Nordstrom’s San Francisco flagship, which for decades occupied crucial real estate at the San Francisco Centre mall on Market Street, closed its doors Sunday.
The last days of the high-end store known for its shoes and its service were grim; ABC7 on a recent visit captured images of empty display cases and stacks of naked mannequins and interviewed an employee — whose worn black sneakers were the only part of him in the shot to protect his identity — speaking darkly about crime in the city’s once-vibrant shopping district.
During the store’s last hours on Sunday afternoon, the pattern appeared to break. An employee answering the phone said they were too busy with customers to talk.
The store’s closing has prompted yet another round of hand-wringing about the future of downtown San Francisco. Since the pandemic sent tech workers home by the thousands, with some never to return, foot traffic in the area has plummeted. Stores have closed in droves. The retail vacancy rate in the city was 6% in the first quarter of 2023, the highest in the city since 2006, according to data from Cushman & Wakefield, a commercial real estate services firm.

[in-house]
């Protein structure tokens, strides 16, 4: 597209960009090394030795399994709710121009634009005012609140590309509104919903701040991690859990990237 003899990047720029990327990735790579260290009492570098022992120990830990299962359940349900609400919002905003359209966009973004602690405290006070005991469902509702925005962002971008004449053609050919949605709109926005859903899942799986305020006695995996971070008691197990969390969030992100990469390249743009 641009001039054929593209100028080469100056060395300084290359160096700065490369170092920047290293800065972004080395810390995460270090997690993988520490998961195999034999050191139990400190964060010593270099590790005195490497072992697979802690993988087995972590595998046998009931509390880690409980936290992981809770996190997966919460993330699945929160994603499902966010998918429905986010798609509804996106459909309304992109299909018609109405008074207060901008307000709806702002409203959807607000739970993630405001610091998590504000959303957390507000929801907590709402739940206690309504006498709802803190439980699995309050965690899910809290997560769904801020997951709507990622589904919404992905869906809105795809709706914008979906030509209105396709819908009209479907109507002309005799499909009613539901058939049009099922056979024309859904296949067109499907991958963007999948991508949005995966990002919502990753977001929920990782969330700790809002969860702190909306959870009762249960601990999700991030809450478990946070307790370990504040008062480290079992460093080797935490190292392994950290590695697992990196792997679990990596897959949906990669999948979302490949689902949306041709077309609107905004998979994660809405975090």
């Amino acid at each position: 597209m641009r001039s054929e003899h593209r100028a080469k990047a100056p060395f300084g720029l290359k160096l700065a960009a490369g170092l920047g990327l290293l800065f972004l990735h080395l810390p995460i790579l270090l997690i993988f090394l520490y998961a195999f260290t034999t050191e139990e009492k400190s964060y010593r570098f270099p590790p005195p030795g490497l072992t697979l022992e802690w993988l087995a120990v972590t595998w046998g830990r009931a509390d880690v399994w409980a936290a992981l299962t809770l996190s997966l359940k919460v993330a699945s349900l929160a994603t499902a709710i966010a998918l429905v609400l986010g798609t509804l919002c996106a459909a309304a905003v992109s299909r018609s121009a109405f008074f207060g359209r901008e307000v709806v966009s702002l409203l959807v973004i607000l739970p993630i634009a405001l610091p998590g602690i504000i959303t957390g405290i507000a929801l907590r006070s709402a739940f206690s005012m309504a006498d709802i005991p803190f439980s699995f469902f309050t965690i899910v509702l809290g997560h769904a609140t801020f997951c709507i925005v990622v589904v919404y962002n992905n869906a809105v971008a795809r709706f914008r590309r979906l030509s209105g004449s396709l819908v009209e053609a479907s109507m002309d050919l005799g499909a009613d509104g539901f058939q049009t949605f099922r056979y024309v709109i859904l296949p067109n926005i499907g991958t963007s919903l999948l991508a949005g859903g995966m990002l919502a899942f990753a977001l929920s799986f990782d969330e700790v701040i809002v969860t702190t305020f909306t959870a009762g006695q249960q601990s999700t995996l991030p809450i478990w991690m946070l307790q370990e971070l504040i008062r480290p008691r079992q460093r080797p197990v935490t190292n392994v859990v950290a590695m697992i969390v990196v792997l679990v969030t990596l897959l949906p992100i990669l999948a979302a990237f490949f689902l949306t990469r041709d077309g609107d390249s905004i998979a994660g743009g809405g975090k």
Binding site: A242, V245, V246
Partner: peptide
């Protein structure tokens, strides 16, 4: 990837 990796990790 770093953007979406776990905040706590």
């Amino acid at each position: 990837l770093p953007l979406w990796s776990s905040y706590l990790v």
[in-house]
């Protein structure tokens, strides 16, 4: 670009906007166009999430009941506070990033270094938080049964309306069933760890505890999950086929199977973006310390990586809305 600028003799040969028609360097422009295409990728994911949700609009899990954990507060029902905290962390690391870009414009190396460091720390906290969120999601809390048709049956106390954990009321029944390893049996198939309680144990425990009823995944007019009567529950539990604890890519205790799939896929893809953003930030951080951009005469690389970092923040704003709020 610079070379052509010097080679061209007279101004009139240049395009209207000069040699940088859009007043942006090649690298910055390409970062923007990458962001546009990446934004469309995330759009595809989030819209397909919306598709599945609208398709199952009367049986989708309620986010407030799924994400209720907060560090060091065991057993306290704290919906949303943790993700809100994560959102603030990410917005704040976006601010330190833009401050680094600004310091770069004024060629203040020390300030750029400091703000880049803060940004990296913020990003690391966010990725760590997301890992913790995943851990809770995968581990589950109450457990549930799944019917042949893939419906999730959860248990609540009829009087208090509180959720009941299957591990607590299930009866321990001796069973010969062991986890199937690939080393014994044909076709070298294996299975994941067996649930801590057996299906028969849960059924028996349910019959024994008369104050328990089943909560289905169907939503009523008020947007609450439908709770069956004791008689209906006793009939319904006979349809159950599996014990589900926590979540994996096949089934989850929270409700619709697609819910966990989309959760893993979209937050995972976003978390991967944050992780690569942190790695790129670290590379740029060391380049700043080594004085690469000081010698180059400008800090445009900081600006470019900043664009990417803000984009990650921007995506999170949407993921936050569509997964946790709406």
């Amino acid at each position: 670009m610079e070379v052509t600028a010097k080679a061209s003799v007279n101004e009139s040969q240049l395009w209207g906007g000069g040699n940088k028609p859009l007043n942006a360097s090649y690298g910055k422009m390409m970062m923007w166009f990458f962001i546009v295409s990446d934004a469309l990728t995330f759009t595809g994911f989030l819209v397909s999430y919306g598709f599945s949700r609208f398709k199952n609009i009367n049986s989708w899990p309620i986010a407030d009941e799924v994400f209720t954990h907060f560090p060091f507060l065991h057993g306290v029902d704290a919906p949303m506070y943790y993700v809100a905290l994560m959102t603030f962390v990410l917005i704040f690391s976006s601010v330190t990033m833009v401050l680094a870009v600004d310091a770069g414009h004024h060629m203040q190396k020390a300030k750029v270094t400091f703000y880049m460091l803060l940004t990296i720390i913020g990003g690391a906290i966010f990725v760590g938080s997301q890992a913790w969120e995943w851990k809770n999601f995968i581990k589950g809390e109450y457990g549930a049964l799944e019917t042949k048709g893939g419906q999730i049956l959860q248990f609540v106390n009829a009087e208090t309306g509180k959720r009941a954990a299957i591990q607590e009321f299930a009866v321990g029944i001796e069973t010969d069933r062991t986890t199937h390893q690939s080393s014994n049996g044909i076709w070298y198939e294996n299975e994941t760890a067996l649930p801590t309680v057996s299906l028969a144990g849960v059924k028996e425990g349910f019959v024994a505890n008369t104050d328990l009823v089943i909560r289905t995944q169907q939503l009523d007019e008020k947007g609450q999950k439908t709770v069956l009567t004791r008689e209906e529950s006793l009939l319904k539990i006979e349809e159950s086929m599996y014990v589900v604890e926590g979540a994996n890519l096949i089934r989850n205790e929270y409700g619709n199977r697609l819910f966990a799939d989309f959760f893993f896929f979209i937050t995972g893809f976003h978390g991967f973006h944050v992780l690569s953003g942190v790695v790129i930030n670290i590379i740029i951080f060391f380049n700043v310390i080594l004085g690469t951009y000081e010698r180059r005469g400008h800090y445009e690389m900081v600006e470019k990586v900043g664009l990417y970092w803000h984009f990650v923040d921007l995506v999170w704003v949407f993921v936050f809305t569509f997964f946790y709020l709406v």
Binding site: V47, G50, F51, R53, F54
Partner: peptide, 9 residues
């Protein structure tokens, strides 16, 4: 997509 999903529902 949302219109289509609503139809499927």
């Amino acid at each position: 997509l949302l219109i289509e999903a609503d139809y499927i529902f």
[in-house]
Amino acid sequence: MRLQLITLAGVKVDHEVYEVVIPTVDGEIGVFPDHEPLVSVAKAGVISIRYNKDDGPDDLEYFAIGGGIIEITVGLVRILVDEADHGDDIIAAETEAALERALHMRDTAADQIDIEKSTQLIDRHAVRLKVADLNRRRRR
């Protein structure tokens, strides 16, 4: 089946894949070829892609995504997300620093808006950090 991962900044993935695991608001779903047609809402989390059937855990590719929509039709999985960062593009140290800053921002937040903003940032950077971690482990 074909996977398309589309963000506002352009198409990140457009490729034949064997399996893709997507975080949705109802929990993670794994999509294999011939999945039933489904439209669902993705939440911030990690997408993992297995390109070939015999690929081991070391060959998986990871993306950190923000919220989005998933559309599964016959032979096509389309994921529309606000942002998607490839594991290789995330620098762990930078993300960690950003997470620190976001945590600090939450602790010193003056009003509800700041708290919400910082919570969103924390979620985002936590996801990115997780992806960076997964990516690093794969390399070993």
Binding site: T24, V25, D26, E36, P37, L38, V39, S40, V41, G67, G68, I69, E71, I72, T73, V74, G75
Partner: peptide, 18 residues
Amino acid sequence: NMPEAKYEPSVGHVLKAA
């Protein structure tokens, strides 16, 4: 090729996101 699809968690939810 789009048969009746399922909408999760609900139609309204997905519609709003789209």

In announcing the closure of Nordstrom this spring, Jamie Nordstrom, the company’s chief stores officer, said “the dynamics of the downtown San Francisco market have changed dramatically over the past several years, impacting customer foot traffic to our stores and our ability to operate successfully.”
Incidentally, the headquarters of X are just a few blocks west of the now-shuttered Nordstrom, and Chief Executive Elon Musk recently tweeted that he planned to stay. He took a dig at the city in making the announcement, though.
“The city is in a doom spiral, with one company after another left or leaving,” he said. “We will not. … San Francisco, beautiful San Francisco, though others forsake you, we will always be your friend.”
Though San Francisco’s mayor, London Breed, has frequently been at odds with Musk in recent months, on this she expressed a similar sentiment.
After Nordstrom announced its closure in May, Breed held a news conference in Union Square to announce funding to revitalize some streets in the area.
Earlier this month, she also announced that the city was studying the idea of turning the struggling mall that Nordstrom is abandoning into a soccer stadium.
“We know we need to combat the issues around crime and public safety and affordability and transportation,” Breed told the San Francisco Chronicle. “But I am optimistic about the future, because what we are seeing in San Francisco is something like nothing else before. We have the possibility to be whatever we want to be.”
This story originally appeared in Los Angeles Times.